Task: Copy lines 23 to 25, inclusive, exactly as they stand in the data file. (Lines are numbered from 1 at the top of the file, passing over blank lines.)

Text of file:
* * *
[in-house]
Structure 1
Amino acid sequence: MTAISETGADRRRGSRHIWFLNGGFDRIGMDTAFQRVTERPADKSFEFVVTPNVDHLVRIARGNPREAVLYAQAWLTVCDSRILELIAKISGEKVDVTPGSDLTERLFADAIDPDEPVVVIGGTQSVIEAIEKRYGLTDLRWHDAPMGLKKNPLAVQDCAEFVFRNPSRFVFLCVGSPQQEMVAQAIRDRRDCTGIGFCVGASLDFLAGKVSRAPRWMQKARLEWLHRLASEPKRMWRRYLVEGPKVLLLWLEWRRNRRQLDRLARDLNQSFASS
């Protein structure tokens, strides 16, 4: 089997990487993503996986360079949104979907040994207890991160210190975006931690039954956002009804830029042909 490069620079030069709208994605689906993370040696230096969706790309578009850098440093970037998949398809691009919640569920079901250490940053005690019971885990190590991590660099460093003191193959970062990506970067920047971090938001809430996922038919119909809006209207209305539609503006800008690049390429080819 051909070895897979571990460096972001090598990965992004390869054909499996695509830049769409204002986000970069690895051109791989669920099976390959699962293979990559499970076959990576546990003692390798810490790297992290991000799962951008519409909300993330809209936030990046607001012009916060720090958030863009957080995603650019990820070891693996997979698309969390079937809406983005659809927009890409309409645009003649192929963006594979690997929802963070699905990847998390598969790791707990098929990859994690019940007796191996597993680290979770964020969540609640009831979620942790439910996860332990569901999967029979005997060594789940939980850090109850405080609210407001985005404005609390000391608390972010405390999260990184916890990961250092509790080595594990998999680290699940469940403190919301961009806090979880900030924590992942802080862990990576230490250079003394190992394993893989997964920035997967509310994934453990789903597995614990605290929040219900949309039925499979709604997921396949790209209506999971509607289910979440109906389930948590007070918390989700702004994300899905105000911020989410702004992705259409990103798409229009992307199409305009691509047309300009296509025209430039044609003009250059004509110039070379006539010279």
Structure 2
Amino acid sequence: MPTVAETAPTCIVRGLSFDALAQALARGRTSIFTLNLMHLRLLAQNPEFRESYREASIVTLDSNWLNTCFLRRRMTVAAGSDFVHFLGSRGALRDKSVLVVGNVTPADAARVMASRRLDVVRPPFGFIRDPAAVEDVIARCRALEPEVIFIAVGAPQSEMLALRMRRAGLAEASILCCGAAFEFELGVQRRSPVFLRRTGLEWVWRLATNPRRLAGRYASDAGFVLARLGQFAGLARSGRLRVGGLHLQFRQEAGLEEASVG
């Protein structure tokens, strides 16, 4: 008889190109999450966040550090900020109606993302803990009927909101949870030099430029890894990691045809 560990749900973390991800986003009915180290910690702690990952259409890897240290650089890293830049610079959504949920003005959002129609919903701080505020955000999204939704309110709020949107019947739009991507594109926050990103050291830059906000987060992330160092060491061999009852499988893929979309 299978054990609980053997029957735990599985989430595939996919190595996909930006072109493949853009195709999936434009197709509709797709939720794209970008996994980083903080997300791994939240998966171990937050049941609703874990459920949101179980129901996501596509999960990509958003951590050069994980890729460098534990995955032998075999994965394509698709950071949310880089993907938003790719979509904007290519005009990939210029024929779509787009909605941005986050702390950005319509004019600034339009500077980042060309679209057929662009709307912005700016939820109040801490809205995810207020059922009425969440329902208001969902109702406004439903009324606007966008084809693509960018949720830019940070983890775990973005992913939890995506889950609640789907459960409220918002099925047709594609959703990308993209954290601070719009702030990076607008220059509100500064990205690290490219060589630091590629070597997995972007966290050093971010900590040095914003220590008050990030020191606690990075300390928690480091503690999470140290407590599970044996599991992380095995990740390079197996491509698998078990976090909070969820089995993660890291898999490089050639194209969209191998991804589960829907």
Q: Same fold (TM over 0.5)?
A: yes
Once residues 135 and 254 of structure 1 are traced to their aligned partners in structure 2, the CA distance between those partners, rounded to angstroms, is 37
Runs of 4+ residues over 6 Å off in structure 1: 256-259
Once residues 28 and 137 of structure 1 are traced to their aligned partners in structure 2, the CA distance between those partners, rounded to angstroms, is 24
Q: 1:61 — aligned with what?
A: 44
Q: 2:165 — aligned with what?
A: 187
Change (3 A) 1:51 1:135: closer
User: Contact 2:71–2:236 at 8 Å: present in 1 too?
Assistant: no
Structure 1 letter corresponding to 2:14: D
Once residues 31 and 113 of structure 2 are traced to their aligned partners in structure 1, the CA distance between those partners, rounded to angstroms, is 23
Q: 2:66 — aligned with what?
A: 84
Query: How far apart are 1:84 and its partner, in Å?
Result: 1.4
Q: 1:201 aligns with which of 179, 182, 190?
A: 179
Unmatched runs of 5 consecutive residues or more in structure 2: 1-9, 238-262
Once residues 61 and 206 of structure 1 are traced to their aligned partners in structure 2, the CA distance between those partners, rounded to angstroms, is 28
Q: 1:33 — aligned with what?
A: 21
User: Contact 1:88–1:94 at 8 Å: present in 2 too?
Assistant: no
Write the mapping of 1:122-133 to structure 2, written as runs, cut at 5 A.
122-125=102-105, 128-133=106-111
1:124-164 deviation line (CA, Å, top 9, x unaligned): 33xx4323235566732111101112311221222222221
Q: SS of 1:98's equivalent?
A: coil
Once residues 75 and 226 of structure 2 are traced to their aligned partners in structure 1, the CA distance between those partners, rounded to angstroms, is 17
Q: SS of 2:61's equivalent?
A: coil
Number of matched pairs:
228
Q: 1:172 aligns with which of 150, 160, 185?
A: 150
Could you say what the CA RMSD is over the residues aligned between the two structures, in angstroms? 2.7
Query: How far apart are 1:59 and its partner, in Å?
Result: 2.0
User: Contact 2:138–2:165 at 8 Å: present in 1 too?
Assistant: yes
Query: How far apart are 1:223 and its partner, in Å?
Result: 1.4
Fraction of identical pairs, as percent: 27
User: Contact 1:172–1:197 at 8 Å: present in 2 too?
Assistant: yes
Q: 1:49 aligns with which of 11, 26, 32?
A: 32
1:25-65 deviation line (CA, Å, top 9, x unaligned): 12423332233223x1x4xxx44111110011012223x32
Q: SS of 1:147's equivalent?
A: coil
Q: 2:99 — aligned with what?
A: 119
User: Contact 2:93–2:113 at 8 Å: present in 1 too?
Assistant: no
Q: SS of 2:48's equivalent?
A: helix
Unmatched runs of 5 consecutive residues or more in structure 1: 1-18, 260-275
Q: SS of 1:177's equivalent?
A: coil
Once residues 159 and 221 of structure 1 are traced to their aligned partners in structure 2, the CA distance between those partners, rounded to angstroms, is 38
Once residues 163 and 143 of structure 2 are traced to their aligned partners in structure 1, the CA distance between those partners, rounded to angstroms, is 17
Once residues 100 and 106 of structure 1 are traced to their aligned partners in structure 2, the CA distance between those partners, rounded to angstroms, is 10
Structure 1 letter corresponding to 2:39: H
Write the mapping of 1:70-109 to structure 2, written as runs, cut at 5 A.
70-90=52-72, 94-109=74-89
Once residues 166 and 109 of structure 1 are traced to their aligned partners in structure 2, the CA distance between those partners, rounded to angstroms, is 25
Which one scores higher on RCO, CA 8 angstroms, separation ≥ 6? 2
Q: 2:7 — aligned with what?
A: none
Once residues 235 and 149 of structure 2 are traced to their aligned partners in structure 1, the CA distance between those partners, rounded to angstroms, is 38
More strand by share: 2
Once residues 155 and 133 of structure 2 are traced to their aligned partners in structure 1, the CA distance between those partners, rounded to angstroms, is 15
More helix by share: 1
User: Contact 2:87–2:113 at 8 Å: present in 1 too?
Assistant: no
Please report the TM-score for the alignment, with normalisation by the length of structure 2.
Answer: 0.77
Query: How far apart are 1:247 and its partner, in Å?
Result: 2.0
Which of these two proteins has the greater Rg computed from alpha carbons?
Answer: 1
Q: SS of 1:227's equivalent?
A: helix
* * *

A: 84
Query: How far apart are 1:84 and its partner, in Å?
Result: 1.4